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M5 – Globular Cluster in Serpens - SN10, D5300a

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#1 jgraham

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Posted 23 May 2020 - 03:02 PM

Telescope: Meade SN10 @ f/4, Orion Atlas EQ-G
Camera: Full Spectrum Modified Nikon D5300
Filter: Orion Imaging Skyglow Filter
Guide scope: Williams Optics 50mm, Meade DSI Pro II, PHD
Exposure: 61x45sec, ISO 200, saved as RAW
Darks: Internal (Long Exposure Noise Reduction On)
Flats: 32x1/50sec, Tee shirt flats taken at dawn
Average Light Pollution: Red zone, Bortle 8, poor transparency
Lensed Sky Quality Meter: 18.2 mag/arc-sec^2
Stacking: Mean with a 2-sigma clip.
White Balance: Nebulosity Automatic
Software: Backyard Nikon, Deep Sky Stacker, Nebulosity, Photoshop

 

M5 (4-18-2020)-1j.jpg

 

Like many globular clusters M5 is a relic of the early universe with an estimated age of 13 billion years. It is also one of the largest known globular clusters home to as many as 500,000 stars in a region 165 light years across. Its large size has been a major factor in its longevity. Globulars near the galactic plane slowly disperse as they lose stars to the Milky Way. However, M5 is so large that it has been able to hold on to most of its stars. At magnitude 5.7 M5 is an excellent target for small telescopes. In late May M5 is well placed in the southeast as twilight darkens and is visible for most of the night.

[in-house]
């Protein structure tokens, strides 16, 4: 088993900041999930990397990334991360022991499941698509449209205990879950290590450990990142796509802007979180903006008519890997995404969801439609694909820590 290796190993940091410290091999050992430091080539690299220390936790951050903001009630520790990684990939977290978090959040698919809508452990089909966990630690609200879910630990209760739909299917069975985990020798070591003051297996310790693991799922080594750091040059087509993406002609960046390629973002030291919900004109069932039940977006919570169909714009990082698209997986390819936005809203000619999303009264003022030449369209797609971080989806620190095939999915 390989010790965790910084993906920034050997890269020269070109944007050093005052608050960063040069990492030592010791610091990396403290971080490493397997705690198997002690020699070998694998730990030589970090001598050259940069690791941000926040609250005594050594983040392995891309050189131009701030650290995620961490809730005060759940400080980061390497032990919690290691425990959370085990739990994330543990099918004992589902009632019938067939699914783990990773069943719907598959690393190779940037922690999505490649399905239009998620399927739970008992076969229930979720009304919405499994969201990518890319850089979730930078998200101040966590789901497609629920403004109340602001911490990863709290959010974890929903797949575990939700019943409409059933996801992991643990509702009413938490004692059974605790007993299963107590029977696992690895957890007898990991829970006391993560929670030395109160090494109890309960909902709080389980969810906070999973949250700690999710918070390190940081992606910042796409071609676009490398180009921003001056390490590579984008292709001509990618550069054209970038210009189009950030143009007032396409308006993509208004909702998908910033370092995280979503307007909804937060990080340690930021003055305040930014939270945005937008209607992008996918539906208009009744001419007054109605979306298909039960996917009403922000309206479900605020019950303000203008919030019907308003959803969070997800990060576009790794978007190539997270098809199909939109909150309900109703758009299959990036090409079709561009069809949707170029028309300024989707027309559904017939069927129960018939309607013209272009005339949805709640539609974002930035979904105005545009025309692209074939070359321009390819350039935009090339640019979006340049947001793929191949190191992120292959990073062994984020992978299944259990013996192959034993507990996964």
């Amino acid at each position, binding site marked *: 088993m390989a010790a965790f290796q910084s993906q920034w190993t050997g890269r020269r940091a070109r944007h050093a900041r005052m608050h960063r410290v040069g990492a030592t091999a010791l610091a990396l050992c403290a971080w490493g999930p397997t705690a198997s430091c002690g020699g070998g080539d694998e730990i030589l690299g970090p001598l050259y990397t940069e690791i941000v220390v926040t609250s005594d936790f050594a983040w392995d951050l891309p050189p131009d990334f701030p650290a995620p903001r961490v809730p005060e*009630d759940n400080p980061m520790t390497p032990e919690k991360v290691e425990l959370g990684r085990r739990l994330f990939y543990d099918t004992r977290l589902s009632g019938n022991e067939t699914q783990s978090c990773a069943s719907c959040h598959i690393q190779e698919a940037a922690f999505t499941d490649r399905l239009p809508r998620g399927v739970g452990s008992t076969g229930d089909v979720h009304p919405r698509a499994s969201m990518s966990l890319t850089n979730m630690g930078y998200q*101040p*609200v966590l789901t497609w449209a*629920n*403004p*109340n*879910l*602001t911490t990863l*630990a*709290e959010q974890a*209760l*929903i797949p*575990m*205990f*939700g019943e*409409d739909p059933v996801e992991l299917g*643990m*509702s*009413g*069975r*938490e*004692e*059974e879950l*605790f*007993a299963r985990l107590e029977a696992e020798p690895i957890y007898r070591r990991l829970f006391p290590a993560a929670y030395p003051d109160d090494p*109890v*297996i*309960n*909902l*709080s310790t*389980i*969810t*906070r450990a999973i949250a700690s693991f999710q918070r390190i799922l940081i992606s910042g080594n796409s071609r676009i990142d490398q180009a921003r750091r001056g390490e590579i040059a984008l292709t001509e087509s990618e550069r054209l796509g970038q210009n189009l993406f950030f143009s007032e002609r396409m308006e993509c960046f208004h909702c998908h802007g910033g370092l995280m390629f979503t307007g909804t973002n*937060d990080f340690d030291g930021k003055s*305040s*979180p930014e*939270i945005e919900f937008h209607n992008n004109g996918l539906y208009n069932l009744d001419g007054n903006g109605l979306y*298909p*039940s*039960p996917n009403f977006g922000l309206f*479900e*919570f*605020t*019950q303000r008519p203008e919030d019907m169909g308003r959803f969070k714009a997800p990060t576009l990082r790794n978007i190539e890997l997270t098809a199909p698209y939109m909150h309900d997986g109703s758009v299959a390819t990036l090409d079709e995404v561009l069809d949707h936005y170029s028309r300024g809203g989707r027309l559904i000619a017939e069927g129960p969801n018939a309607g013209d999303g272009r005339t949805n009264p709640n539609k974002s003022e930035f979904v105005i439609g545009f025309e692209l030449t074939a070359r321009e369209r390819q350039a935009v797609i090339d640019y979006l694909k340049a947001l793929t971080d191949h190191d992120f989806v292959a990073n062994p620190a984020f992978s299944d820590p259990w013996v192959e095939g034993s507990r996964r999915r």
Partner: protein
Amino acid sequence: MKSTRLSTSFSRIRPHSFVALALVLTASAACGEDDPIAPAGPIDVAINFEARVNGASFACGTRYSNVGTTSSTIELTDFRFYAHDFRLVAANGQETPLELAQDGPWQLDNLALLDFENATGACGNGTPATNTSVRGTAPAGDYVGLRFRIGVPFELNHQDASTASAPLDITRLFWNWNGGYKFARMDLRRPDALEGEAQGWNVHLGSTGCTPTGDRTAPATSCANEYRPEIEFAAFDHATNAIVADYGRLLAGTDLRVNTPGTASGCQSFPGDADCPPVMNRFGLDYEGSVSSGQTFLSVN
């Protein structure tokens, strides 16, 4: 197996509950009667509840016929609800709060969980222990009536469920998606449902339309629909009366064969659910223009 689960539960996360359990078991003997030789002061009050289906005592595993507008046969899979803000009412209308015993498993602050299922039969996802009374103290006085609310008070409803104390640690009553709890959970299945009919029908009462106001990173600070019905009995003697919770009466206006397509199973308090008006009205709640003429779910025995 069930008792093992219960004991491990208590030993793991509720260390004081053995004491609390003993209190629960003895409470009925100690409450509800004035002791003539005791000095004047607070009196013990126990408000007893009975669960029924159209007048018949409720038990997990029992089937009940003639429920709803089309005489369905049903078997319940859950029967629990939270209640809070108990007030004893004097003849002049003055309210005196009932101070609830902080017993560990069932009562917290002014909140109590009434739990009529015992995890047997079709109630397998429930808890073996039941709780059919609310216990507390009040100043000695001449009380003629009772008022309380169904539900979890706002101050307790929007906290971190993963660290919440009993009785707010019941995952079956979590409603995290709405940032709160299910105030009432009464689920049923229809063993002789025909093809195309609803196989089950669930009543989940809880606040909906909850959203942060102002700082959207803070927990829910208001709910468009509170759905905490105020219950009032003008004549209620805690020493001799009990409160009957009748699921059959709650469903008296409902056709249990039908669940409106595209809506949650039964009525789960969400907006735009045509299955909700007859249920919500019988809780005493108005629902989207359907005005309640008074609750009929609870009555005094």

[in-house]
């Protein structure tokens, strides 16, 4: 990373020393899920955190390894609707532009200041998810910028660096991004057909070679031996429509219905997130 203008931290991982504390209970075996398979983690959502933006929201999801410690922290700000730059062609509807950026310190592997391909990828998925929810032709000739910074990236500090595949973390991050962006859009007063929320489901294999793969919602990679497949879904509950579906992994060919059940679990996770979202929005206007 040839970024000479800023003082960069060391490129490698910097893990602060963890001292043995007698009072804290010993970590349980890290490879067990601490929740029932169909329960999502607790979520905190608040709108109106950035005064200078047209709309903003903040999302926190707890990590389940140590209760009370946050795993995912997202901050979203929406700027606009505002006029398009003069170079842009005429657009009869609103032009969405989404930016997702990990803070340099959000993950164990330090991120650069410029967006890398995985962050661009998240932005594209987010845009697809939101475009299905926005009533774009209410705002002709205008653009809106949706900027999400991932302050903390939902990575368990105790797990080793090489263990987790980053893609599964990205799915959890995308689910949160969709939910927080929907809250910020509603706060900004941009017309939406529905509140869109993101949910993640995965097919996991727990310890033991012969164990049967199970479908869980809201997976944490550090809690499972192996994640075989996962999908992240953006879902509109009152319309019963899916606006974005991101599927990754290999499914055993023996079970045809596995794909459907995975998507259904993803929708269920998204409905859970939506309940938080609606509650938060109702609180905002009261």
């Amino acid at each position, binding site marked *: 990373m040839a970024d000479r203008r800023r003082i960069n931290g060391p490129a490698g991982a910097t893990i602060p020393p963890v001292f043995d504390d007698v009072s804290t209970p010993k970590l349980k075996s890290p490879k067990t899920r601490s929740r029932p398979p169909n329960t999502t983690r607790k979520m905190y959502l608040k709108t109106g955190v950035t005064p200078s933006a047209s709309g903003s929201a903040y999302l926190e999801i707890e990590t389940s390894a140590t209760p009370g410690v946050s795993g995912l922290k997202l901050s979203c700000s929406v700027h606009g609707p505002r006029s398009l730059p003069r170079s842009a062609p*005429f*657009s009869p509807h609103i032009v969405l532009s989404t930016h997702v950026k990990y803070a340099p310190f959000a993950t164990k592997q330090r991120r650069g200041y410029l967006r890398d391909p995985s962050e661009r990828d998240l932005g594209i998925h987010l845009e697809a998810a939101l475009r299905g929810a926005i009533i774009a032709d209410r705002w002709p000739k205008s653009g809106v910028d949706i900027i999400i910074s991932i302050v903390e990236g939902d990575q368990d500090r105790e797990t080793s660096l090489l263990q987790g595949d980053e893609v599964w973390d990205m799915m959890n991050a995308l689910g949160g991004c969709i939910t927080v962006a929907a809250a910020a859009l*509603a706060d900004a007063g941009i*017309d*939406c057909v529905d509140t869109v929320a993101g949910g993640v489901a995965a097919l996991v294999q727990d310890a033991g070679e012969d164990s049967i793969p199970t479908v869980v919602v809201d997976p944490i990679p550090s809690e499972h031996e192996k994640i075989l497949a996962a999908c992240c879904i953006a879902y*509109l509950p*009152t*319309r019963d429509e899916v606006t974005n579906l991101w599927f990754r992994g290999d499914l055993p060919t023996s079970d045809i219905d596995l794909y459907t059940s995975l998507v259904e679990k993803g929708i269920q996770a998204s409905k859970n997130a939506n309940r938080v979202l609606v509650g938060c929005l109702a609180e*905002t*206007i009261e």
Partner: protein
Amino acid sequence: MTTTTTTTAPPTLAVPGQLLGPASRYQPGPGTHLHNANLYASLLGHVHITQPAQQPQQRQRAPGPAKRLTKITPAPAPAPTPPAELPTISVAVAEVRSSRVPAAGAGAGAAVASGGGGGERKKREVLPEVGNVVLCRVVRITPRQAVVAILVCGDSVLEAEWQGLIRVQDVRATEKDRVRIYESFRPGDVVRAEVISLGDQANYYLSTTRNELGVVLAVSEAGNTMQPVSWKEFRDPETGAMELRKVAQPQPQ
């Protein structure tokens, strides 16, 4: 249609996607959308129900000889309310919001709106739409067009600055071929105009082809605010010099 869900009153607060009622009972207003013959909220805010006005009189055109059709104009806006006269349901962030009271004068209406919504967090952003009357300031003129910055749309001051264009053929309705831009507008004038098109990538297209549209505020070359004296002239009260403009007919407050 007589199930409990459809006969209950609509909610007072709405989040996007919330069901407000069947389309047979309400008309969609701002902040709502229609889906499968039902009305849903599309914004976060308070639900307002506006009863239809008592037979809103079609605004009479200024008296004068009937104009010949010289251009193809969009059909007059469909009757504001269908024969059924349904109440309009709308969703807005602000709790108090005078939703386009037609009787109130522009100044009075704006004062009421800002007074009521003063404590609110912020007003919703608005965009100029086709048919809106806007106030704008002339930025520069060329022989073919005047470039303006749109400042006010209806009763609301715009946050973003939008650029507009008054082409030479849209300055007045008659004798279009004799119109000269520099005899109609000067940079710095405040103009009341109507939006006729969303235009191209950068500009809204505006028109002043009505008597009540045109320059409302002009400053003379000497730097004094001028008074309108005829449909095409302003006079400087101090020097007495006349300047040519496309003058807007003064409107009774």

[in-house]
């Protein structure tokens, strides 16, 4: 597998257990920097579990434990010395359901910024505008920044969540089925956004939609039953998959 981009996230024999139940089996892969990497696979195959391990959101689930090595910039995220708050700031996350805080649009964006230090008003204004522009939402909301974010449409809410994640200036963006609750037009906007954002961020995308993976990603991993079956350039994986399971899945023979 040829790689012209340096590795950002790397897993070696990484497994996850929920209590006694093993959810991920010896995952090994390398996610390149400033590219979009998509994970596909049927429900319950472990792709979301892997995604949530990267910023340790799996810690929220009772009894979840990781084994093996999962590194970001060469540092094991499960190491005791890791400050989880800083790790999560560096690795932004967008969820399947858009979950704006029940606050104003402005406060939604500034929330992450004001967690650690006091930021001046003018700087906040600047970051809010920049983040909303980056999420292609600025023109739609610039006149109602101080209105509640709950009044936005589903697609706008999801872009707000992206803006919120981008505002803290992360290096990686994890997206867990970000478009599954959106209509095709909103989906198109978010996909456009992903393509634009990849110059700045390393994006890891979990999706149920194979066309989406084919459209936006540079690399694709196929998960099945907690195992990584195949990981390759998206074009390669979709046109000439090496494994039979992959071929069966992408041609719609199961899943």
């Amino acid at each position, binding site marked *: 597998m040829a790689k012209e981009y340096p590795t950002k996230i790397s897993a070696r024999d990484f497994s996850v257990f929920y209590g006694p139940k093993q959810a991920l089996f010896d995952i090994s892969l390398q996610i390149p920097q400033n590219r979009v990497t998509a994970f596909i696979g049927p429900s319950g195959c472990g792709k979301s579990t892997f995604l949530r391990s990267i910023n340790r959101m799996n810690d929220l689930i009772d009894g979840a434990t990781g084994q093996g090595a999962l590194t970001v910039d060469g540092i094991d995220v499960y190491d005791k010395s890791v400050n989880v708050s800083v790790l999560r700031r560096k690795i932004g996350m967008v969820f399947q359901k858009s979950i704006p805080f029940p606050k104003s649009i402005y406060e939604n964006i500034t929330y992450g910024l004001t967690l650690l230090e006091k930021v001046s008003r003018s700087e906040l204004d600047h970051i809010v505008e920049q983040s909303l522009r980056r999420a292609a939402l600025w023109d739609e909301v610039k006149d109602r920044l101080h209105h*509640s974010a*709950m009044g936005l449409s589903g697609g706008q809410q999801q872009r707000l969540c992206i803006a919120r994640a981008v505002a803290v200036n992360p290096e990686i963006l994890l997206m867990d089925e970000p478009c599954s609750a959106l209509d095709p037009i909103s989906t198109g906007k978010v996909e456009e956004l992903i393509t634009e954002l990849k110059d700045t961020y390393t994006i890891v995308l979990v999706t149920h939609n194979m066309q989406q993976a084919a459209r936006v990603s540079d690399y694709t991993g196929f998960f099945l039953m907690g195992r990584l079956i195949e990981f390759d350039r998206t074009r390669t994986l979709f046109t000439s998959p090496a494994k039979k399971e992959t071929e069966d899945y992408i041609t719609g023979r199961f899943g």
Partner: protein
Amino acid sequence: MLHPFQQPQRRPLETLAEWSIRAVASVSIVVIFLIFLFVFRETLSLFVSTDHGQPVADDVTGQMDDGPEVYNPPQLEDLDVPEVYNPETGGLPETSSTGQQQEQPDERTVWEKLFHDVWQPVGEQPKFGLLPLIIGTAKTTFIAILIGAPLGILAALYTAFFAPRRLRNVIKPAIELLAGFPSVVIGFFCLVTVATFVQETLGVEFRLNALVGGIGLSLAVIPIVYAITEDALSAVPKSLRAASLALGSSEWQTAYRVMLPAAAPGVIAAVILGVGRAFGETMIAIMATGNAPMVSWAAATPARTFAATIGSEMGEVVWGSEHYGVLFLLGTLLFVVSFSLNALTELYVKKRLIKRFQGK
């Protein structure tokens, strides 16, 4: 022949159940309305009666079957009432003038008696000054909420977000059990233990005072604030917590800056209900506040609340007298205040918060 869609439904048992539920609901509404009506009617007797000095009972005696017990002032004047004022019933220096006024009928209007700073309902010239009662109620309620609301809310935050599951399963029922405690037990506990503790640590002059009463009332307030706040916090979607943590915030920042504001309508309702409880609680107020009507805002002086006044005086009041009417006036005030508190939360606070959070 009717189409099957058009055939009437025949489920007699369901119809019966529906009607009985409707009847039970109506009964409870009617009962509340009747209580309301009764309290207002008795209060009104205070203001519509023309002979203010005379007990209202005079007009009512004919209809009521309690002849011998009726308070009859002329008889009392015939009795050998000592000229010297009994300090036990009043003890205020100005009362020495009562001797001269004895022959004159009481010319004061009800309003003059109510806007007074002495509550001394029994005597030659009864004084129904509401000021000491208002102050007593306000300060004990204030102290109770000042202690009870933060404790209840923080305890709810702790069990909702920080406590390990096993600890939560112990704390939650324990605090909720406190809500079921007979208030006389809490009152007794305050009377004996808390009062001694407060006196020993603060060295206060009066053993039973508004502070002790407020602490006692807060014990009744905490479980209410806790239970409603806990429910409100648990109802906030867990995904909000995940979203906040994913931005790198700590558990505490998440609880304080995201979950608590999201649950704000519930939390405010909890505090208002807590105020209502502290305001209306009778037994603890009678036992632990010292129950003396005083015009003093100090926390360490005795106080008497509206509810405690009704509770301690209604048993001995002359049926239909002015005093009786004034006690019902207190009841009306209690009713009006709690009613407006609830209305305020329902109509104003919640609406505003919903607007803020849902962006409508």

• F.Meiresonne, Starman27, chrysalis and 5 others like this

#2 F.Meiresonne

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Posted 23 May 2020 - 03:05 PM

Great image, a ball of diamants.

 

Well done.



#3 Astroman007

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Posted 23 May 2020 - 03:07 PM

Beautiful image. M5 is one of my very favorite summer globulars, right behind the Hercules duo. Small scopes, such as mine, show it very nicely.



#4 Juno18

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Posted 23 May 2020 - 05:46 PM

Very nice M5 John!

 

Dang, your skies are worse than mine! Usually my sky measures 18.5-19.0.

 

I appreciate you posting all of your stats.

 

Very tough conditions and you produced a really  nice image. Excellent work!


Edited by Juno18, 23 May 2020 - 05:46 PM.



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